Lesson 18
The Volume and Dimensions of a Cylinder
18.1: A Circle's Dimensions
Here is a circle. Points \(A\), \(B\), \(C\), and \(D\) are drawn, as well as Segments \(AD\) and \(BC\).
 What is the area of the circle, in square units? Select all that apply.
 \(4\pi\)
 \(\pi 8\)
 \(16\pi\)
 \(\pi 4^2\)
 approximately 25
 approximately 50
 If the area of a circle is \(49\pi\) square units, what is its radius? Explain your reasoning.
18.2: Circular Volumes
What is the volume of each figure, in cubic units? Even if you aren’t sure, make a reasonable guess.
 Figure A: A rectangular prism whose base has an area of 16 square units and whose height is 3 units.
 Figure B: A cylinder whose base has an area of 16\(\pi\) square units and whose height is 1 unit.
 Figure C: A cylinder whose base has an area of 16\(\pi\) square units and whose height is 3 units.
prism  prism  prism  cylinder 
base: square  base: hexagon  base: octagon  base: circle 
Here are solids that are related by a common measurement. In each of these solids, the distance from the center of the base to the furthest edge of the base is 1 unit, and the height of the solid is 5 units. Use 3.14 as an approximation for \(\pi\) to solve these problems.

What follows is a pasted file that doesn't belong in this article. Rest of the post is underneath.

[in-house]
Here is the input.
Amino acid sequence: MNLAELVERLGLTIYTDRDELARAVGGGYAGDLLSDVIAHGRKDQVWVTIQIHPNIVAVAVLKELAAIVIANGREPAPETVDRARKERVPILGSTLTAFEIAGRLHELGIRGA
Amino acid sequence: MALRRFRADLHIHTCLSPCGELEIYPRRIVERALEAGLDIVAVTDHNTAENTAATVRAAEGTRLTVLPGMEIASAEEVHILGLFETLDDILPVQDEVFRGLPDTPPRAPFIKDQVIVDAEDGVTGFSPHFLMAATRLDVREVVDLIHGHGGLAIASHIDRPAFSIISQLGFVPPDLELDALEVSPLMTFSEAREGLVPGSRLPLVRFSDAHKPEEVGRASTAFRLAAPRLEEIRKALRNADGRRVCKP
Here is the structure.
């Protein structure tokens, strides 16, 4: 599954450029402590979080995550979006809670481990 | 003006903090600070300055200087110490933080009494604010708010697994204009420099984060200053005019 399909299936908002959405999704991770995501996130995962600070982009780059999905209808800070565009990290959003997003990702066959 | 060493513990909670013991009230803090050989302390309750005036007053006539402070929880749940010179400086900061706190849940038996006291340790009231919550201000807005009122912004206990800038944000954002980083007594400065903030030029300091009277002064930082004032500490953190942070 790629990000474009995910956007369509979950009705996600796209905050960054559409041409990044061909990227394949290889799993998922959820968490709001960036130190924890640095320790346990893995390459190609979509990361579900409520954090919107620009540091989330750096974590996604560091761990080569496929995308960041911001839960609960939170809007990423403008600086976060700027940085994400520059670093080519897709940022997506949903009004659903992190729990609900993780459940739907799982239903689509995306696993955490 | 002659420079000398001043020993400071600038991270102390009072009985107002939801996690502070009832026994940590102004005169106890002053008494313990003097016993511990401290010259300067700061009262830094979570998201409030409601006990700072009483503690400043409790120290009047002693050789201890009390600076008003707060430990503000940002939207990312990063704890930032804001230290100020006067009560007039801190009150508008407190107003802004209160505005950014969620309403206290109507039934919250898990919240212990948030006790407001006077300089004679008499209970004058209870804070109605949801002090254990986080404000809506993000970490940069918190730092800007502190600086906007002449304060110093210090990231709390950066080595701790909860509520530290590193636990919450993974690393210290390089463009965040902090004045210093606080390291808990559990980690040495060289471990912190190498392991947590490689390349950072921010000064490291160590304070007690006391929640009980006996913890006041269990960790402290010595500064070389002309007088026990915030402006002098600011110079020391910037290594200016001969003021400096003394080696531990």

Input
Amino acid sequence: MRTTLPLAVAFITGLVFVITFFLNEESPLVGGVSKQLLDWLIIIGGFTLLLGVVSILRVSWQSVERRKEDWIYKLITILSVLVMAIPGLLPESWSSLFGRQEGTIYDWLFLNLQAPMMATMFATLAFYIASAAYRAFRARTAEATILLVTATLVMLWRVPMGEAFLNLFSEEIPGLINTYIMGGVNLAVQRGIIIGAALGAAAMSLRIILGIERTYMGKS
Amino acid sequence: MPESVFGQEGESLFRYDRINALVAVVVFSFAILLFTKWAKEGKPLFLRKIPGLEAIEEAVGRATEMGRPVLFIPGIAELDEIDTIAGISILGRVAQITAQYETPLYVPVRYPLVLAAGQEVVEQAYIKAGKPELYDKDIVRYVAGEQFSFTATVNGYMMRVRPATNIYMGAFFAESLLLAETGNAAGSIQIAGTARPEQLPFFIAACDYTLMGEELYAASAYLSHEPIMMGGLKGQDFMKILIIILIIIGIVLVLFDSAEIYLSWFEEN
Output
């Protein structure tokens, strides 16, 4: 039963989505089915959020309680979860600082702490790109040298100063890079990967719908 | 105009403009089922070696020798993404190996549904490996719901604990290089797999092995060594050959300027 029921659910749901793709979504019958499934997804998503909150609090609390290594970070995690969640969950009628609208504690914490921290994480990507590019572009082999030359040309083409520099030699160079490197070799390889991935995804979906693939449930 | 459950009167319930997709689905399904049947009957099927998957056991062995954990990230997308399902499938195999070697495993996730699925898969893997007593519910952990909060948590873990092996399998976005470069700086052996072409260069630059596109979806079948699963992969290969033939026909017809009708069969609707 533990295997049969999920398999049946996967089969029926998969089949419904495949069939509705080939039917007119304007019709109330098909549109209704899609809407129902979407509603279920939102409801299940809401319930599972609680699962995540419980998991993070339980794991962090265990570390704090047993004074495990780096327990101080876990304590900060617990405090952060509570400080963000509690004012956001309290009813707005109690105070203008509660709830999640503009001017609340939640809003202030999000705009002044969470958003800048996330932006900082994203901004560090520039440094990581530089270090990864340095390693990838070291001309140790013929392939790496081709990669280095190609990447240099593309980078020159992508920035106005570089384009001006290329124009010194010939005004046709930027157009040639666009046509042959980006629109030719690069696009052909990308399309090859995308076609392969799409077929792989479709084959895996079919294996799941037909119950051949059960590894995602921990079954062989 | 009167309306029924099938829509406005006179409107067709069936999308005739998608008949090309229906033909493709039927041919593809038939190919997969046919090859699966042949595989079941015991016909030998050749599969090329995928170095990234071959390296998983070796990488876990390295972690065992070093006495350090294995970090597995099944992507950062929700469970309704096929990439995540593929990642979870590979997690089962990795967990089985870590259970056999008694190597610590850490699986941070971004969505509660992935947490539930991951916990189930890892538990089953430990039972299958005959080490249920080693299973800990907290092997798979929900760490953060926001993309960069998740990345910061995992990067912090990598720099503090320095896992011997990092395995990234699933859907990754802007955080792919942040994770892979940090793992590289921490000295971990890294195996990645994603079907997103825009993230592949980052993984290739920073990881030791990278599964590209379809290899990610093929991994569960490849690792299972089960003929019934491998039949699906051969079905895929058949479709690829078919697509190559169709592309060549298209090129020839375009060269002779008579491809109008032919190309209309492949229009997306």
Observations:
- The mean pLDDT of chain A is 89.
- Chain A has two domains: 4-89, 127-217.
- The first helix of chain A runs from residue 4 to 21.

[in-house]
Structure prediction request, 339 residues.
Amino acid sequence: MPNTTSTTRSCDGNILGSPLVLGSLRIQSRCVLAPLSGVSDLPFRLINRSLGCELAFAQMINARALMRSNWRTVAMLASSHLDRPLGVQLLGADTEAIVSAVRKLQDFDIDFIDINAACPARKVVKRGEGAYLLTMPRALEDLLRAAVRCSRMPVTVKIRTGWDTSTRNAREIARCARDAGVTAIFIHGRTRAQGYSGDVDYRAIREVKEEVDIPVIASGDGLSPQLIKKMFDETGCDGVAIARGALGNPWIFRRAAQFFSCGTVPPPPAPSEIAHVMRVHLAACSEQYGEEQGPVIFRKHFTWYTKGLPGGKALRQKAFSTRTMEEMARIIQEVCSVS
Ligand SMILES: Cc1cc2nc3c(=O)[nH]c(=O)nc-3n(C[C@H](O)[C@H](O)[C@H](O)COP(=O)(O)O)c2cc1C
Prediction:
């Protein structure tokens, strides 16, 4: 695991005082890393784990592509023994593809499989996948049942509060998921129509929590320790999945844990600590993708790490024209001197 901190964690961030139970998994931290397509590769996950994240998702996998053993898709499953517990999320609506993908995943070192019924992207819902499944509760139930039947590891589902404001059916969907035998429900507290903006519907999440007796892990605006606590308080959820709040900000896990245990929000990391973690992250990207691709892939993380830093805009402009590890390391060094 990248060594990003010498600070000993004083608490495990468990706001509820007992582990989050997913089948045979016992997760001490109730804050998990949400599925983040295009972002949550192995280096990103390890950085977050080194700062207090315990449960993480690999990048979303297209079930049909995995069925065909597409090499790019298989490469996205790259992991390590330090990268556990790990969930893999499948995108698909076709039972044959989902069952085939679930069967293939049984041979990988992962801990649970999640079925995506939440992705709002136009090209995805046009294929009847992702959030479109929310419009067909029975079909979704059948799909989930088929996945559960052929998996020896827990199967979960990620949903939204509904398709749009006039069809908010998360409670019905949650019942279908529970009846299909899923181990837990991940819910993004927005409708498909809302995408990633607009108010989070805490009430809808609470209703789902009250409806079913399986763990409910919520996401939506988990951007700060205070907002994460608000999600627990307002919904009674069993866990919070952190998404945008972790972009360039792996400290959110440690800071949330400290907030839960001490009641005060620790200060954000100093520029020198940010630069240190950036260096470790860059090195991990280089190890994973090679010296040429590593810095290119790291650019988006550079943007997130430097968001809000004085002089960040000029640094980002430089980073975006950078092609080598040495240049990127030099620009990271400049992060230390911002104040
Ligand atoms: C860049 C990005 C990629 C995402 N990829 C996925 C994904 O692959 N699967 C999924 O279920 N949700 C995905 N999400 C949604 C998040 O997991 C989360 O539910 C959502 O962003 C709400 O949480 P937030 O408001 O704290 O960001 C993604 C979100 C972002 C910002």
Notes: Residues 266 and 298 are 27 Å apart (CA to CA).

Find the area of the square base and the circular base.
 Use these areas to compute the volumes of the rectangular prism and the cylinder. How do they compare?
 Without doing any calculations, list the figures from smallest to largest by volume. Use the images and your knowledge of polygons to explain your reasoning.
 The area of the hexagon is approximately 2.6 square units, and the area of the octagon is approximately 2.83 square units. Use these areas to compute the volumes of the prisms with the hexagon and octagon bases. How does this match your explanation to the previous question?
18.3: What’s the Dimension?
The volume \(V\) of a cylinder with radius \(r\) is given by the formula \(V=\pi r^2h\).

The volume of this cylinder with radius 5 units is \(50\pi\) cubic units. This statement is true: \( 50\pi = 5^2 \pi h\)
What does the height of this cylinder have to be? Explain how you know.